The capacity and voltage rating of battery packs for electric vehicles or stationary energy storages are increasing, which challenge battery management and monitoring. Breaking the larger pack into smaller modules and using power electronics to achieve dynamic reconfiguration can be a solution. Reconfigurable batteries come with their own set of problems, including many sensors and complex monitoring systems, high-bandwidth communication interfaces, and additional costs. Online parameter estimation methods can simplify or omit many of these problems and reduce the cost and footprint of the system. However, most methods require many sensors or can only estimate a subset of the elements in the module’s equivalent circuit model (ECM). This paper proposes a simple decoupling technique to derive individual modules’ voltage and current profiles from the output measurements without direct measurement at the modules. The determined profiles can achieve a high sampling rate with minimum communication between the battery management system (BMS) and the modules. With accurate profiles, an estimation technique can easily determine the parameters of the modules. Provided simulations and experiments confirm this claim by estimating the parameters of a first-order ECM with a parallel capacitor. The proposed technique reduces the number of sensors from 2N + 2 to only two at the pack’s output terminals.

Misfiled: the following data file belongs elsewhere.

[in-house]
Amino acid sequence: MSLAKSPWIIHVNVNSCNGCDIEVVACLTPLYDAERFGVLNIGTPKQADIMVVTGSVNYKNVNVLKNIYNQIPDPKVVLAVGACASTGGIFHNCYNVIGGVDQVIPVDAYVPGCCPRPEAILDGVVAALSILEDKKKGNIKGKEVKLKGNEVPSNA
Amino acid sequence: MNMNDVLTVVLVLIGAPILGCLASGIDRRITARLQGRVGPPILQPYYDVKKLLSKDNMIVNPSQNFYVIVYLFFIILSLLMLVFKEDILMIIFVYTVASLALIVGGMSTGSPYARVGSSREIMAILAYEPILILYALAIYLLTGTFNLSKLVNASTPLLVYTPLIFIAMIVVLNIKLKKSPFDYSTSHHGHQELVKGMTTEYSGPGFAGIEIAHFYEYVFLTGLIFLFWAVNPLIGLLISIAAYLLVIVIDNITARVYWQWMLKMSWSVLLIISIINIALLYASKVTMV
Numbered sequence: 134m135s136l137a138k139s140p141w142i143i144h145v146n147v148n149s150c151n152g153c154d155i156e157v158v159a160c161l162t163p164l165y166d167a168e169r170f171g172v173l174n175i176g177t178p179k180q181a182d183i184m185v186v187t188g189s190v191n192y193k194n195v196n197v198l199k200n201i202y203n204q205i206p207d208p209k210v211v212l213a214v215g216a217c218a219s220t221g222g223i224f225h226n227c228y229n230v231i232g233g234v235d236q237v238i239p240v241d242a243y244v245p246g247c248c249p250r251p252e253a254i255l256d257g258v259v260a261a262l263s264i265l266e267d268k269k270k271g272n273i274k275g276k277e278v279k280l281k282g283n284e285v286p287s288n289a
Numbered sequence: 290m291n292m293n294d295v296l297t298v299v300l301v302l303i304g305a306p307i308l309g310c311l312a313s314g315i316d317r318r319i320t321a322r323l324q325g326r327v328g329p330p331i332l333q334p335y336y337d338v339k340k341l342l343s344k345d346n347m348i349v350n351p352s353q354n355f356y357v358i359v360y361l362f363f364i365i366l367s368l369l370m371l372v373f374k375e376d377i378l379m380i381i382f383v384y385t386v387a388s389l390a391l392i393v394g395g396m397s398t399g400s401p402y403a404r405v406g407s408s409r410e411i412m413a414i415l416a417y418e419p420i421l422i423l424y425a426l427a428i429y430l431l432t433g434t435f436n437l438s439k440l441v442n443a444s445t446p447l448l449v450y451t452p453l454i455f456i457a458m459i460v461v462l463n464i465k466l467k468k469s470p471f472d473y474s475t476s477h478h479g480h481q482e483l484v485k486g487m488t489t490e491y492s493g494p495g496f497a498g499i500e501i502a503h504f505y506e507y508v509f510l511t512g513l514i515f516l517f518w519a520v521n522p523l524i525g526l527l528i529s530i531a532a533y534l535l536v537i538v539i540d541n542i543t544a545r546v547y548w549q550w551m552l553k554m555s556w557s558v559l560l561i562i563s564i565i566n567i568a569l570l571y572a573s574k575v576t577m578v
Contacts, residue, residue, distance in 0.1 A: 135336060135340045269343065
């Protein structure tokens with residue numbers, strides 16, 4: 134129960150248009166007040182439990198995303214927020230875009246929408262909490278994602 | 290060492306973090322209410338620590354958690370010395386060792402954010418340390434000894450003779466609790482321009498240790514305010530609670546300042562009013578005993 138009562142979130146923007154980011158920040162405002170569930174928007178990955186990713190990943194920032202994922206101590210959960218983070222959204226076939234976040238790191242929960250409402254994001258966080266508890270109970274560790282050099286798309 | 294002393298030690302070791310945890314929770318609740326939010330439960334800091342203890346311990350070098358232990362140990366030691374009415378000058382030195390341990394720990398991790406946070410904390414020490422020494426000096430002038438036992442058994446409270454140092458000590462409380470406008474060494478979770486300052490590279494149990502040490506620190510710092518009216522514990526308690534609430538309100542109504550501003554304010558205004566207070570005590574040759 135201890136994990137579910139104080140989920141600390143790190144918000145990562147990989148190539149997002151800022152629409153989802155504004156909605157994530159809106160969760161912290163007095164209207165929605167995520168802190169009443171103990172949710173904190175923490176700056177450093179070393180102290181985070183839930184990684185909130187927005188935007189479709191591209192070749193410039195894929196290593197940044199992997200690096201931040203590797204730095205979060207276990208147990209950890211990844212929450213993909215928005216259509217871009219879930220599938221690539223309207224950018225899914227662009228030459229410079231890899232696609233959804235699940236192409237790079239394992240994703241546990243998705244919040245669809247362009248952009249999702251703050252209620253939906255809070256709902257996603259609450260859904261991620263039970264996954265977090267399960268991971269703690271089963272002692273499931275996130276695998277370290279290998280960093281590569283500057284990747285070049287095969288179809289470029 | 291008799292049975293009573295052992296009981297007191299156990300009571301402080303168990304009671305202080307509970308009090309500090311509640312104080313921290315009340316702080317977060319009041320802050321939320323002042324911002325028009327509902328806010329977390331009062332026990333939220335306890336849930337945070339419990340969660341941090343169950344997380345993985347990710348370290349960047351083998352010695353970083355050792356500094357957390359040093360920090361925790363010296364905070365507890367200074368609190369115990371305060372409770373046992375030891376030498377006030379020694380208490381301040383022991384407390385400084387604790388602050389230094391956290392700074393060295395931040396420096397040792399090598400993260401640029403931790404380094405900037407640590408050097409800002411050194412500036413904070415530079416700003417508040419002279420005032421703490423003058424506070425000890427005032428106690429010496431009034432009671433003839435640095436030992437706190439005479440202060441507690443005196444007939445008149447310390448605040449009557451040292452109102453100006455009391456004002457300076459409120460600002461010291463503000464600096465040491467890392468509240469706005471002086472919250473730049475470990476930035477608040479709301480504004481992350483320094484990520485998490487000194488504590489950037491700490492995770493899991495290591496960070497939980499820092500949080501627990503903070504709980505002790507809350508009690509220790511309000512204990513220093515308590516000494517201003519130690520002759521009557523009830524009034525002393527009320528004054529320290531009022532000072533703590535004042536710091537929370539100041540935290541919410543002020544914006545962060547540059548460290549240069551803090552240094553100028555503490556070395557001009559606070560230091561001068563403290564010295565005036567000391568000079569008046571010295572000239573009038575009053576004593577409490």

Accurately estimating the state of health (SoH) of batteries is indispensable for the safety, reliability, and optimal energy and power management of electric vehicles. However, from a data-driven perspective, complications, such as dynamic vehicle operating conditions, stochastic user behaviors, and cell-to-cell variations, make the estimation task challenging. This work develops a data-driven multi-model fusion method for SoH estimation under arbitrary usage profiles. All possible operating conditions are categorized into six scenarios. For each scenario, an appropriate feature set is extracted to indicate the SoH. Based on the obtained features, four machine learning algorithms are applied individually to train SoH estimation models using time-series data. In addition to the estimates at the current time step, a histogram data-based and online adaptive model is taken from previous work for predicting the next-step SoH. Then, a Kalman filter is applied to systematically fuse the results of all the estimation and prediction models. Experimental data collected from different types of batteries operated under diverse profiles verify the effectiveness and practicability of the developed method, as well as its superiority over individual models.